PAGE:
I can't speak to Vietnam, but I know a lot of people (myself included) who volunteered for OEF deployments because of home station stupidity. Ideally, when you're deployed you have your mission. You show up to your briefings, you do what you do (fly your mission, conduct your patrol, whatever), hopefully you come back safe and sound and you waste time in the rec center, the gym, or your room. Go to bed, wake up, repeat. Meanwhile, the guys are home are buried under reams of paperwork, doing 200 meters of lunges at 6 am, planning mandatory parties that almost nobody enjoys, dealing with inspections, and spending probably 8 hours per week clicking through computer-based-training modules on how to apply a tourniquet or that writing your email password on a sticky note and putting it on your monitor is bad. Send me to the desert!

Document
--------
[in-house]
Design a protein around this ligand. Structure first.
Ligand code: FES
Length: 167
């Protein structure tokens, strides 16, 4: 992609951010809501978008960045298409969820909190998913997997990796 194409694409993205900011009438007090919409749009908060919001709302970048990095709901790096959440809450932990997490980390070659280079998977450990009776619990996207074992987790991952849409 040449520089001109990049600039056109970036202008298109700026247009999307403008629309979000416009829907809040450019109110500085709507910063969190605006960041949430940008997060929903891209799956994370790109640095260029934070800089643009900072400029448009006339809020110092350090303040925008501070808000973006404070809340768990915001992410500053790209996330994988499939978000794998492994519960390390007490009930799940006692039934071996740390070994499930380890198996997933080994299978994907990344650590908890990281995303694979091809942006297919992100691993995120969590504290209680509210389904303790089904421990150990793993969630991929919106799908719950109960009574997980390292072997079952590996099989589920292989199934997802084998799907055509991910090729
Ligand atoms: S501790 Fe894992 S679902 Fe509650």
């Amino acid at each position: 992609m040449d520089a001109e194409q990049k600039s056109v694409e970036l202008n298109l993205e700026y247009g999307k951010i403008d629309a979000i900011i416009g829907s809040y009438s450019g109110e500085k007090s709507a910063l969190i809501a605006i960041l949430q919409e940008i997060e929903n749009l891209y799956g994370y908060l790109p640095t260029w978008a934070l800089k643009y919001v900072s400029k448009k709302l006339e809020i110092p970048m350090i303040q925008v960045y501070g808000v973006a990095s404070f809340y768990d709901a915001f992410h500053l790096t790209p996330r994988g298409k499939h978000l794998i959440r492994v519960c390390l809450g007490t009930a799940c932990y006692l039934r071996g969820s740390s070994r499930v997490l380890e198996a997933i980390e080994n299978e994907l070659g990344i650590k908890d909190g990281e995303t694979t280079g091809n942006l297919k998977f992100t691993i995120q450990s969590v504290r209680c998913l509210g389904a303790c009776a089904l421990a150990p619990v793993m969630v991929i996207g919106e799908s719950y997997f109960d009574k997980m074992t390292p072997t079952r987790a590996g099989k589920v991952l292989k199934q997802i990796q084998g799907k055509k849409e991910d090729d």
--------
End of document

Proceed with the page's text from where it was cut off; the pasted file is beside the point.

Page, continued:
A lot of military marriages are just terrible anyway. Often neither party has any idea what they're getting into. Infidelity is common, domestic violence...I wouldn't call it common from what I saw, but it happens. One of my troops was hospitalized after what was probably an altercation with his ex-wife (they were still sort-of-together-ish).
As far as an officer's leadership, I would not make a judgement based solely on him throwing away his marriage as you describe (I've never read the book, so I have no further information). He might be a dickweek commander, or he might just have been at that point, or THEY might just have been at that point. Military life puts a lot of strain on the best of marriages.